By Atsushi Iguchi
Journal of the University of the Air, Vol. 28 (2010)
Abstract: This article explores how the Western Middle Ages is represented in contemporary Japanese popular culture. I will begin by describing the persistent recurrence in todayʼs world of images that originated in the Middle Ages. This cultural phenomenon, generally called ʻmedievalismʼ, has been a site where various forms of nationalist, religious and academic ideologies vie with each other to lay claim to the idea of Europe. Even though the European Middle Ages has little to do with Japan ̶owing to the latterʼs geopolitical remoteness from the former ̶images of the Middle Ages have nonetheless been frequently exploited in post-war Japanese popular culture. An examination of Vinland Saga by Makoto Yukimura, a serialized manga set in eleventh-century northern Europe reveals that the appropriation of the Middle Ages by Japanese popular culture is far from escapist. Indeed, on closer inspection, it will turn out that the ʻothernessʼ of European medieval culture to the Japanese does not prevent Yukimura from skilfully conveying the important themes of exile and homecoming, themes which are of paramount importance in medieval Europe, where the life of a human being was regarded as a homecoming to God. In an apparently faithful attempt to provide an escapist, entertaining replication of medieval European society, Yukimura allows the reader to have a glimpse of a world teeming with violence, crises of faith, and ruthless exploitation.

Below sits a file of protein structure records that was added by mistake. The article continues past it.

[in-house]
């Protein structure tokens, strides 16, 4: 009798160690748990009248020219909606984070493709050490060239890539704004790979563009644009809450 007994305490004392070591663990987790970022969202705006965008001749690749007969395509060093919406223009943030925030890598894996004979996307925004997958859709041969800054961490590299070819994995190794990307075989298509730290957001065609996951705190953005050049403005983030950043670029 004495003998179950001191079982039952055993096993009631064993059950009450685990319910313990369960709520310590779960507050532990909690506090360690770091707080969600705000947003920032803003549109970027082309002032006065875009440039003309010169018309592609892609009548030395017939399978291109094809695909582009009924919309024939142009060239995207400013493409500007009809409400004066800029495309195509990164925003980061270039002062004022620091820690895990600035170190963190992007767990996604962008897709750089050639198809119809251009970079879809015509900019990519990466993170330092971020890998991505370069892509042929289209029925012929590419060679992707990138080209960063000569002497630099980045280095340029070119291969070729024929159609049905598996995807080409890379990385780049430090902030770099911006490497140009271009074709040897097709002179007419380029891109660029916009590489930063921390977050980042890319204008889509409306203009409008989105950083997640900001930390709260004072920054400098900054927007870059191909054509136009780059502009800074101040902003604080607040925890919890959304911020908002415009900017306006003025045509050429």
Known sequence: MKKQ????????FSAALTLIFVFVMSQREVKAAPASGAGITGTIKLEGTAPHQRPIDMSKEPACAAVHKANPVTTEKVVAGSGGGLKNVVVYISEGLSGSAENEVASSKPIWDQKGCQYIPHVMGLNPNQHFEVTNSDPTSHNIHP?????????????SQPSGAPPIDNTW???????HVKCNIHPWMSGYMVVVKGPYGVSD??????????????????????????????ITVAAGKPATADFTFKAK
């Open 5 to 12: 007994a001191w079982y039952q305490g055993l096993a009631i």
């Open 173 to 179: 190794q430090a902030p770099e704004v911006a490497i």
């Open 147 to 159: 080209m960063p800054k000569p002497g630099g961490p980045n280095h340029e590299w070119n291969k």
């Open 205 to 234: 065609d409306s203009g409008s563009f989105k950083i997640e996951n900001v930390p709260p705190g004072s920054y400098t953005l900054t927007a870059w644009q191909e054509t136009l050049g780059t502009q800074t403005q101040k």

We have not been good friends with the European Middle Ages. Numerous thinkers, historians, writers, artists, and politicians have used and exploited the Middle Ages repeatedly during the past centuries, especially since the nineteenth century. The Middle Ages has indeed been a site where a variety of political, cultural and ideological standpoints with different needs and aspirations converge. To realize the persistence of this cultural phenomenon in modern times, generally referred to as ʻmedievalismʼ ─ defined by Alice Chandler as ʻa response to historic change and to the problems raised by the various revolutions and transformations of the eighteenth and nineteenth centuriesʼ ─ we need not look further than Richard Wagnerʼs rendition of medieval legends, Walter Scottʼs adventurous historical novels, and the pre‒Raphaelitesʼ idealized portraits of medieval literary figures. All of these, though often turning out to be historically inaccurate upon rigorous scrutiny, have been enormously influential in shaping our images about this phase in European history.